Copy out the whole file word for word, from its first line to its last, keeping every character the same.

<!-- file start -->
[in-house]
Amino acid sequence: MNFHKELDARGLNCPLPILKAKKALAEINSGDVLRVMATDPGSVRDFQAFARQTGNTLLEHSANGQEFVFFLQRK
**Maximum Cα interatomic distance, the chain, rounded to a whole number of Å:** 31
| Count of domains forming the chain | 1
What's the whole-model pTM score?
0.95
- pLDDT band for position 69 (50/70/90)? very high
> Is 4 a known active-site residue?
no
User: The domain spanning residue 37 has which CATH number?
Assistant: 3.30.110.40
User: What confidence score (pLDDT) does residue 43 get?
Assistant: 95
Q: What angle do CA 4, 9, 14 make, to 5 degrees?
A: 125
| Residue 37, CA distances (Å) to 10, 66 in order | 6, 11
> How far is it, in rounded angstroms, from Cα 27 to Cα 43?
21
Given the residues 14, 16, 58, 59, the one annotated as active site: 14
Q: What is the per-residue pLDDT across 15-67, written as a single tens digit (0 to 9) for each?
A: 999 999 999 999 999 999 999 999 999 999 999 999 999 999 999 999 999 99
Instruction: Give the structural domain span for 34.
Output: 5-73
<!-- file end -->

[in-house]
Amino acid sequence: MNFHKELDARGLNCPLPILKAKKALAEINSGDVLRVMATDPGSVRDFQAFARQTGNTLLEHSANGQEFVFFLQRK
**Maximum Cα interatomic distance, the chain, rounded to a whole number of Å:** 31
| Count of domains forming the chain | 1
What's the whole-model pTM score?
0.95
- pLDDT band for position 69 (50/70/90)? very high
> Is 4 a known active-site residue?
no
User: The domain spanning residue 37 has which CATH number?
Assistant: 3.30.110.40
User: What confidence score (pLDDT) does residue 43 get?
Assistant: 95
Q: What angle do CA 4, 9, 14 make, to 5 degrees?
A: 125
| Residue 37, CA distances (Å) to 10, 66 in order | 6, 11
> How far is it, in rounded angstroms, from Cα 27 to Cα 43?
21
Given the residues 14, 16, 58, 59, the one annotated as active site: 14
Q: What is the per-residue pLDDT across 15-67, written as a single tens digit (0 to 9) for each?
A: 999 999 999 999 999 999 999 999 999 999 999 999 999 999 999 999 999 99
Instruction: Give the structural domain span for 34.
Output: 5-73